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Blessed are those who have not seen

and yet have believed. John 20:29b







Pastor Rob Rogers was born in Seattle Washington. He has a B.A. in Communication from Concordia University, Austin, TX and a Masters of Divinity from Concordia Seminary in St. Louis, MO. READ MORE >>

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This piece was written by Jackson Scofield, recipient of the 2016 Rev. Arno Schlechte Scholarship for students preparing for professional church work.  Jackson is a lifetime member of Trinity Lutheran Church, Villa Park and will be attending Concordia University, Chicago this fall.

On a dark and crowded street with minimal light, a bus surges on with all its lights burnt out. A man without a loud voice hears a faint horn and warns another man nearby. The second man then says nothing and runs away, saving himself but allowing several others to suffer the unpleasant death of being hit by a bus 30 seconds later.

Now, when the first man, instead of running away, immediately warns just a few others, those men too can warn a few others before most, if not all, of the people have heard and been given the opportunity to avoid the oncoming vehicle catastrophe.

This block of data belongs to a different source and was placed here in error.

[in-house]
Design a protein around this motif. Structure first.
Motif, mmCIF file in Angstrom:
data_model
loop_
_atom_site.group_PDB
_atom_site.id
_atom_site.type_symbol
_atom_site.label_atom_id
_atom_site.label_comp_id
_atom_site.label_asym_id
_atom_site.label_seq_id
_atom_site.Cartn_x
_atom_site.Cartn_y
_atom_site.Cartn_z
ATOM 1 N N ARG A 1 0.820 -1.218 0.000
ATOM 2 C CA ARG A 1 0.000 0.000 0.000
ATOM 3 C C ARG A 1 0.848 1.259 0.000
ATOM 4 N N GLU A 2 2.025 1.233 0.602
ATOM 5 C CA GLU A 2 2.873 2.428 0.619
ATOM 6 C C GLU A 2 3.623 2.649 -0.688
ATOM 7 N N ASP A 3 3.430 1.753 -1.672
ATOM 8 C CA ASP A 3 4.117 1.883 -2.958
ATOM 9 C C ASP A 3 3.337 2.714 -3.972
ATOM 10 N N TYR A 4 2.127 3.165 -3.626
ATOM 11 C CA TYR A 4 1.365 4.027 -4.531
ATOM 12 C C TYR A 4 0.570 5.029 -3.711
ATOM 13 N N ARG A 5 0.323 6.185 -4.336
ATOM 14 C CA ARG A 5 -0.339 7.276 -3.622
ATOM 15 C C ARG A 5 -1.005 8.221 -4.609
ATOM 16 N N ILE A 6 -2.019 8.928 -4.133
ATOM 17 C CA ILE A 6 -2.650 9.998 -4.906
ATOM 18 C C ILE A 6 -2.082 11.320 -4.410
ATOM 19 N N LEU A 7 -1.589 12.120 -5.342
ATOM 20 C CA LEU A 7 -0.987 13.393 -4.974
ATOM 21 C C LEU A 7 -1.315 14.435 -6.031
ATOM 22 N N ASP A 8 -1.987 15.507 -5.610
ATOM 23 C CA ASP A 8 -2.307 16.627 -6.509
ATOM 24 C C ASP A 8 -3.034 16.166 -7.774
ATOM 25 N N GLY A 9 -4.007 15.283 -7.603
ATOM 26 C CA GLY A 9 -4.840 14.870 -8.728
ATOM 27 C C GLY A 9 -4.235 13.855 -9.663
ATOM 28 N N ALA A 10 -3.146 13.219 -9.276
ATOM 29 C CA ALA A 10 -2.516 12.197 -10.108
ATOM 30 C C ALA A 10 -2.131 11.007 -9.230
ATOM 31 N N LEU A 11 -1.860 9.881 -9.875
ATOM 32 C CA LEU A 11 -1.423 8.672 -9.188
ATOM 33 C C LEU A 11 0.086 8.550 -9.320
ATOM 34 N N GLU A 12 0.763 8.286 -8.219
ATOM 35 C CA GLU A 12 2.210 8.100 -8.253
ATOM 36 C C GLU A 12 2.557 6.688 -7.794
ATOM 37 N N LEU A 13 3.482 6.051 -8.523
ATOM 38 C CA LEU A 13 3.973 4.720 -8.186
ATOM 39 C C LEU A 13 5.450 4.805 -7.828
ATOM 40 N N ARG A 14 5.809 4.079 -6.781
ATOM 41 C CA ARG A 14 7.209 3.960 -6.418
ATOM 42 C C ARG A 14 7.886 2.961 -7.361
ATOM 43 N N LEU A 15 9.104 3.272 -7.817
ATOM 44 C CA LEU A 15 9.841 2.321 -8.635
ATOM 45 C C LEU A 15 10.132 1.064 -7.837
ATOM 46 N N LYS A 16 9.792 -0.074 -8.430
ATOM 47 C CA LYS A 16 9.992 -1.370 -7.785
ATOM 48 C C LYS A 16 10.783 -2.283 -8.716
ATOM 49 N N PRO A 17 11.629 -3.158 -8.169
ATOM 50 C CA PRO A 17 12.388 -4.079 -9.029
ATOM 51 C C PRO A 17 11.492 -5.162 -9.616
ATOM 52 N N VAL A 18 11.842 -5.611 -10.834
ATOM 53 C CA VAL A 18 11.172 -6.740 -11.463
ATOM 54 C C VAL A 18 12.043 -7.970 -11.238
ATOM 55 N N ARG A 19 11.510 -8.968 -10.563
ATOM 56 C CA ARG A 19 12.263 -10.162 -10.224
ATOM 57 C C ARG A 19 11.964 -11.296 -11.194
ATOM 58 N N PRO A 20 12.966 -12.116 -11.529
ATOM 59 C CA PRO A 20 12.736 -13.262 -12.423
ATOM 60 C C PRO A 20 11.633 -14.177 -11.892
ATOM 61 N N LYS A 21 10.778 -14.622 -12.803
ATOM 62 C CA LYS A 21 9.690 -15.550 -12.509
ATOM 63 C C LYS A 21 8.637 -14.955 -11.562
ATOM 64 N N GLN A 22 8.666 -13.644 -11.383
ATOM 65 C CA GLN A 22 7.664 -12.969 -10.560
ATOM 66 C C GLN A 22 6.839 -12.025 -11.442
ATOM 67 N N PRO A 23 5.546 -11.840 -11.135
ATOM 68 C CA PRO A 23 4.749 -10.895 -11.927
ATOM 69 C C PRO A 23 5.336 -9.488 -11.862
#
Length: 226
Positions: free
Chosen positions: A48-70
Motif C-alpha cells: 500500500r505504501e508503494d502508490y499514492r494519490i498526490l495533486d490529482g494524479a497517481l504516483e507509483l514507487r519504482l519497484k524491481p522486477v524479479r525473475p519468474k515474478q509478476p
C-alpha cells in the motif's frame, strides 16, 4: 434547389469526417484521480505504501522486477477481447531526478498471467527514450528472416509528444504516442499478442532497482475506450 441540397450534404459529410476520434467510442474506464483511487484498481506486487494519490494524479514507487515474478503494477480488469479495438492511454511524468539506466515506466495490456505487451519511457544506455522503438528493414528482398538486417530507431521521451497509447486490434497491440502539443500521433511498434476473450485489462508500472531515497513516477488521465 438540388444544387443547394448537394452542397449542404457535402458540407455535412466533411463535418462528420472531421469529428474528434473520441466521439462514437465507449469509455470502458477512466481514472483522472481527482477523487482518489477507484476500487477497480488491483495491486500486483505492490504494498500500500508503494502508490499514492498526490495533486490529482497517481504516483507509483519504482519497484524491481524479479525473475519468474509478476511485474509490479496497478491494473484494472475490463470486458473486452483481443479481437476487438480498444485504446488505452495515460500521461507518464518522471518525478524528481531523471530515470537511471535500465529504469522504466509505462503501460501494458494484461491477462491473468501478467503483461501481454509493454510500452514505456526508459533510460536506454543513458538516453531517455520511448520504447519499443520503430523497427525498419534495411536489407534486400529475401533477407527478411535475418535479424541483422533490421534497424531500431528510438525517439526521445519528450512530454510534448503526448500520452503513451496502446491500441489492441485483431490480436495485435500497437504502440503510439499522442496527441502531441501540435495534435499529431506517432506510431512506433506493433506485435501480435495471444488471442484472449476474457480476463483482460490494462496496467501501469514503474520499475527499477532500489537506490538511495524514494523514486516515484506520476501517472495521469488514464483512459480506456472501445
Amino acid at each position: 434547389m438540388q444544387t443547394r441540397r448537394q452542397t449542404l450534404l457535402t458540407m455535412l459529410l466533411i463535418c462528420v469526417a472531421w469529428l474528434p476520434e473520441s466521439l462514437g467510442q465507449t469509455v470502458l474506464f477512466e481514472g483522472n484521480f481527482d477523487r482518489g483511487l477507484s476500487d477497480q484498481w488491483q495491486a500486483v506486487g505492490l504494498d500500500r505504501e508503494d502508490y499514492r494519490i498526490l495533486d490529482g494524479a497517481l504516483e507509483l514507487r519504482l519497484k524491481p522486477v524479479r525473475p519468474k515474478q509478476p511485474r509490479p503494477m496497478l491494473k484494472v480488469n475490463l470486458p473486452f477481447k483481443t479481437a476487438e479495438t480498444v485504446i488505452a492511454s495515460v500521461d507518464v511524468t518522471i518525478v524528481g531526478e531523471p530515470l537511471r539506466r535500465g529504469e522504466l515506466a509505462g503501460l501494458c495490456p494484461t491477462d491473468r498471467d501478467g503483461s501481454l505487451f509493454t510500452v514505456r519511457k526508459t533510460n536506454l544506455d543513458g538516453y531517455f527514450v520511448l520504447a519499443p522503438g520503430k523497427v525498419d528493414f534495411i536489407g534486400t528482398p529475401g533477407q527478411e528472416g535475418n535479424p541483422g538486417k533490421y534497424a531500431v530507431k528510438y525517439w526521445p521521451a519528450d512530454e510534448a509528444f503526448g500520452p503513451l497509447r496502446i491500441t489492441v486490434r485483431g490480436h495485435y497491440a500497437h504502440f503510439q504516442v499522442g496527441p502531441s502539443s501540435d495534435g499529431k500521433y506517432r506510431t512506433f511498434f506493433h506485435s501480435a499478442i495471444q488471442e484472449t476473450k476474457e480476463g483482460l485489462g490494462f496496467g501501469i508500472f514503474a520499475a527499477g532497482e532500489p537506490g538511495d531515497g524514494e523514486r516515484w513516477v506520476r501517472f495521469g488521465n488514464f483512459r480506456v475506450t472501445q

Unfortunately, not everyone who hears will listen. Even more unfortunate is how few will sound the alarm.

As human beings, two things are sure: we’re not perfect, and we’re not even close to perfect. We don’t always honor our fathers and mothers. We don’t always love our neighbors as ourselves.  We covet what isn’t ours and in general, we do so many things wrong that we don’t remember half of them.

Because of our imperfect, sinful nature, we haven’t earned our spot on life’s honor roll. By our life’s doings, not one of us qualifies no matter how many good things we can recall ourselves doing, we still do that much more evil.

That is why God sent Jesus Christ, his only begotten son, to die on the cross for our sins. It doesn’t matter what titles have been bestowed upon you – whether you have been raised knowing Christ or if this is the very first time you’ve heard of his sacrifice, what race you are, what your sexual orientation is, what atrocities you have committed in the past (and we’ve all committed them) – God didn’t just send Christ for the choir boy who lives next door or the kid with the rich parents driving his Lamborghini to school Monday morning or the excessively proper guy from the office who invites you to worship every Sunday. God gave his son to die to save YOU. Even if you were the only sinner in the world, God would have sent Christ for you and you alone, despite the wrongdoings you have committed against him.

If you ever feel alone, lost in the chaos of your own world and nothing seems to be going right and you honestly think nobody else will understand because you are the only one in the world going through those struggles, know that God is there at all times. He loves and cherishes you as one of his prized creations despite your sins.

There is no need to worry about going to Hell or some other traumatic outcome in the afterlife. For by hearing his word, God allows the Holy Spirit to come upon you. So long as you do not flat-out reject the Spirit as he holds Grace and fills you with faith, you have a one-way ticket to a paradise that we cannot even comprehend in our earthly limitations.